Lipase activity was determined spectrophotometrically using
p-nitrophenyl palmitate (p-NPP) as the substrate . One
unit (U) of enzyme is defined as the amount of enzyme that
liberates one micromole of p-nitrophenol per minute under
the assay conditions. Enzyme activity is expressed in U/gds
(gram dry substance). Dry weight of the samples was
determined by drying them in a hot air oven at 80oC for 24 h.
2.5.1. Selection of process parameters
The process of solid state fermentation for determining the
lipase activity of R. oryzae NRRL 3562 mainly depends
upon the process variables namely temperature (oC), liquid
to solid ratio, pH, and incubation time (day) and its second
order response surface was generated using central compo-
site design (CCD) after considering its parameters at five
levels (Table 1).
2.6. Modeling and optimization by RSM
Non-linear regression analysis was carried out based on the
data collected as per CCD (Table 2) planning for response,
namely lipase activity using MINITAB 14 software which
resulted in a second-order polynomial equation. The coeffi-
cients of the non-linear regression model (Equation 1) can
be determined using the method of least squares. The effect
of the parameters and their interaction terms on the
response has been studied by conducting the significance
tests and Analysis of variance (ANOVA) has been carried
out on each response to check the adequacy of the model.
The detailed analysis of the effect of parameters and their
interactions on the response was also done through the
Table 1. Solid state fermentation variables and their levels
Coded Uncoded Lowest (−2) Low (−1) Center (0) High (+1) Highest (+2)
Liquid to solid ratio
Incubation time (day)
256Biotechnology and Bioprocess Engineering 15: 254-260 (2010)
surface plots using MINITAB 14 software. The optimized
variables for the higher lipase activity (U/gds) have been
chosen through the response optimizer function of the
MINITAB 14 software.
2.7. Optimization by differential evolution
DE is a simple population-based search algorithm for
global optimization of real valued functions. Its robustness
and effectiveness was demonstrated in a variety of appli-
cations. Unlike genetic algorithms, where perturbation
occurs in accordance with a random quantity, DE employs
weight difference between solution vectors to perturb the
population. It can be noted that DE does not require any
derivative information and is controlled by means of three
parameters, namely scaling factor (mutation constant, F),
crossover operator (CR), and number of population (NP).
To start DE, initially NP design vectors have to be gene-
rated at random to form the initial population, namely [X10,
X20 … XNP0]. The size of the population NP is kept
constant throughout the optimization process. It is to be
noted that the value of NP should not be less than four. The
dimensions of each vector depend on the problem to be
optimized . The initial population is generated random-
ly and it covers the entire parameter space uniformly.
DE extracts distance and direction information from the
current vectors and adds random deviation for diversity to
generate new parameter vectors. Considering Xik as the
target vector in kth iteration, a corresponding donor vector
Vik+1 is obtained. In the present paper, “DE/rand/1” muta-
tion scheme was employed to generate the donor vector
. The formulation of generation of donor vector for the
said mutation scheme was written as:
Vk+1i = Xkr1 + F (Xkr2 – Xkr3) (1)
where F is mutation constant or scaling factor (0~2) which
controls the amplification of the difference between two
individuals and i, r1, r2, and r3 are the index of individual
selected randomly and are distinct. The crossover operator
was introduced to increase the diversity among the mutant
vectors. The trail vector Uk+1j,i is developed from the ele-
ments of target vector, Xki, and the elements of the donor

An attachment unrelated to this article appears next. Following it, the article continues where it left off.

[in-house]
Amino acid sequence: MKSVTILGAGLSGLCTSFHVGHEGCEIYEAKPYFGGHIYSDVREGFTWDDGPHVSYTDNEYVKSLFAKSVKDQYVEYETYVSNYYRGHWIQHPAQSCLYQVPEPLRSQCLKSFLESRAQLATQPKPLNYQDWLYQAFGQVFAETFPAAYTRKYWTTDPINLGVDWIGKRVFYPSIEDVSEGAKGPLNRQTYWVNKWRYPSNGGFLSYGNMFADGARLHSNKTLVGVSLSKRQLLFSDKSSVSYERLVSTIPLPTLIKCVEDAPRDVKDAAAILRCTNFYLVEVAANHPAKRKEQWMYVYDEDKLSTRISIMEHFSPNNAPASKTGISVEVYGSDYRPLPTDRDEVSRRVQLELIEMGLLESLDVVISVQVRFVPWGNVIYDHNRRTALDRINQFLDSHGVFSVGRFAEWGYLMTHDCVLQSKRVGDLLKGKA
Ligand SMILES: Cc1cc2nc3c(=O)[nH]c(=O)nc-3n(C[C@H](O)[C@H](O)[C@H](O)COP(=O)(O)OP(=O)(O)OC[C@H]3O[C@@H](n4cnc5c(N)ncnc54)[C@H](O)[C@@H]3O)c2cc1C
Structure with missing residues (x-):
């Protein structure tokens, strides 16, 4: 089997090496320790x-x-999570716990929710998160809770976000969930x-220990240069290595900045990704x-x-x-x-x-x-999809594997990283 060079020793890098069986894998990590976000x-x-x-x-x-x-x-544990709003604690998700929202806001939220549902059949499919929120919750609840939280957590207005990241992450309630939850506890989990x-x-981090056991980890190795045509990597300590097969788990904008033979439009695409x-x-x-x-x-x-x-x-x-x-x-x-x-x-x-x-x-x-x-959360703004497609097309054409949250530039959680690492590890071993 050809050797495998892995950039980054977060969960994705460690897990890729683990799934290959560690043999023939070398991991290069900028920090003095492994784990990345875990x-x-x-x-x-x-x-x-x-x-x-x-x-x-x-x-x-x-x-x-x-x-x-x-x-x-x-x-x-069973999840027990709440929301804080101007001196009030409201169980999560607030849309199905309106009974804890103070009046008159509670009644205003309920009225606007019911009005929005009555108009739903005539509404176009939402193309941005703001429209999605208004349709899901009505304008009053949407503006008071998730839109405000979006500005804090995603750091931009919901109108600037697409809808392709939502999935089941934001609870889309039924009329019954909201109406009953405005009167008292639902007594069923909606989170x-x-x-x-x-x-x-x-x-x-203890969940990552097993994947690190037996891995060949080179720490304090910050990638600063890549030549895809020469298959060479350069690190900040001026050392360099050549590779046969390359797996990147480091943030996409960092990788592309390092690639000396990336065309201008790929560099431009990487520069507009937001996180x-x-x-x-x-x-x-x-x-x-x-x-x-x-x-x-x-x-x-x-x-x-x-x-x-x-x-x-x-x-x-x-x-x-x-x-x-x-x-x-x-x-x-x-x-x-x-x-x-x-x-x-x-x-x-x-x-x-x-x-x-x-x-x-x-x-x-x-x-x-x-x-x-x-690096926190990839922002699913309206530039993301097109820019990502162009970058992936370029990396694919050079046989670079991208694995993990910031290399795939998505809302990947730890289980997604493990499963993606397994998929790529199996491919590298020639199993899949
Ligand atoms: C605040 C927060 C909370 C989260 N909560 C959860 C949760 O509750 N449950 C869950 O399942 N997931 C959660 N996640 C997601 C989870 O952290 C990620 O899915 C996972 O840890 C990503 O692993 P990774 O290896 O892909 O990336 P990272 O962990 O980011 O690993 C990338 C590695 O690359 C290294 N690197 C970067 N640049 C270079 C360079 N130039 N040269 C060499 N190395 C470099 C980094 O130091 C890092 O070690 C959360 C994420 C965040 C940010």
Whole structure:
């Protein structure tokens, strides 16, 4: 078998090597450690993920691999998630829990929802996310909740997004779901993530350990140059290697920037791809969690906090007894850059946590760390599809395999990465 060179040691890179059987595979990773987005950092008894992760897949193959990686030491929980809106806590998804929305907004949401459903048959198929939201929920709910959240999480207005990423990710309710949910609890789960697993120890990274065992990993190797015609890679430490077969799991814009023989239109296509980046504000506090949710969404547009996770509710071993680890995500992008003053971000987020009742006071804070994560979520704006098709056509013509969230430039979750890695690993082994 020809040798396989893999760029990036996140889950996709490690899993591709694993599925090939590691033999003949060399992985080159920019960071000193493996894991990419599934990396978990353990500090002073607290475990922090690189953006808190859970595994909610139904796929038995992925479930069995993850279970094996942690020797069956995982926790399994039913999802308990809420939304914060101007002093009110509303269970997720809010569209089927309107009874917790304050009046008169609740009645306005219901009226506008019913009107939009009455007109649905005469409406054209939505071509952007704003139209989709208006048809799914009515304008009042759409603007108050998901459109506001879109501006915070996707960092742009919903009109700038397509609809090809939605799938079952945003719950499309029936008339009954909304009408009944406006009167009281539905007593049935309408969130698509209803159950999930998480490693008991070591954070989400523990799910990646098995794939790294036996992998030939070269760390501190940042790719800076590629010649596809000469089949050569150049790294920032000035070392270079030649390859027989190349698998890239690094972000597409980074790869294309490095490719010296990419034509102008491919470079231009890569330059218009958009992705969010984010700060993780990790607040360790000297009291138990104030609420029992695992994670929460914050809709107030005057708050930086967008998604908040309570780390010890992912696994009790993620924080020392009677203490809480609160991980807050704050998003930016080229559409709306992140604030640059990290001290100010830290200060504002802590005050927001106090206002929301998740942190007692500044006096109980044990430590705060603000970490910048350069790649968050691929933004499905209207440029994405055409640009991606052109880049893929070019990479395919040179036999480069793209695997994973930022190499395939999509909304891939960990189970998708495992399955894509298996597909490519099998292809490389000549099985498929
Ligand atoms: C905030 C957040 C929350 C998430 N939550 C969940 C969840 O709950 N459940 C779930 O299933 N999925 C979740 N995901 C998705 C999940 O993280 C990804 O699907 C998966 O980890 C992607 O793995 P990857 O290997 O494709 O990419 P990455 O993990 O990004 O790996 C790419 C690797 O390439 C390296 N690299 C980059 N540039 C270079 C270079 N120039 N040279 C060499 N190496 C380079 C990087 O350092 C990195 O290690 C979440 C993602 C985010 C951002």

vector, Vk+1i as follows:
( j = 1, 2, ... n) (2)
To determine the member for the next generation, the trail
vector produced by the crossover operator was compared
with the target vector. If the trail vector produces a smaller
objective function value, it is passed to the next generation
otherwise target vector is copied in the next generation.
(i = 1, 2, ... NP) (3)
Mutation, recombination, and selection processes continue
until some stopping criterion is met. The simplified flow
chart of DE is shown in Fig. 1.
In the present paper, maximization of the lipase activity
of R. oryzae NRRL 3562 using DE has been attempted. In
this case the maximization problem is converted to
minimization problem utilizing the principle of duality. The
dimensionality (D) of the problem is equal to four, as there
are four process variables i.e., temperature, liquid to solid
ratio, pH, and incubation time.
k 1+ =
Vj i ,
k 1+, if randj i ,
Xj i ,
k 1+ =
k 1+, if f Ui
k 1 +
Table 2. Central composite design with the experimental, pre-
dicted responses, and its R-studentized residuals
Input parameters Response
L : S
Optimization of Lipase Production using Differential Evolution257
3. Results and Discussion
3.1. Model development, statistical analysis, and valida-
Temperature, liquid to solid ratio, pH, and incubation time
are the critical factors in SSF and their importance in
enzyme production has been well established. The lipase
activity (La) of R. oryzae NRRL 3562 was expressed as a
non-linear function of the input process parameters in
coded form as follows:
La = 95.9533 + 4.0771X1+ 0.4779X2– 2.8038X3
– 1.1221X4– 0.9531X1X2+ 2.7719X1X3
– 0.7806X1X4+ 0.1719X2X3+ 1.4669X2X4
+ 2.3094X3X4– 12.7141X12– 8.9853X22
– 3.2678X32– 6.6603X42
Significance test results (Table 3) suggesting that consi-
dering 95% (a = 0.05) as a level of confidence, the P-
values (Table 3) of X1, X3, X12, X22, X32, X42, X1X3, and
X3X4 are found to be less than 0.05 and are considered to
have significant impact on the lipase activity. The P-value
of the factors X2 and X4 is found to be more than the
confidence level (0.05) but their square terms P value is
found to be less than the confidence level which indicates
its non-linear relationship with the response. Based on the
ANOVA results (Table 4), the P values were less than the
value of significance level α 0.05 for all the terms, which
indicates the significant contribution of the linear, square
and interaction terms towards the response. The surface
plots shown in Figs. 2A~2F were found to be curved in
nature, which indicates the non-linear relationship between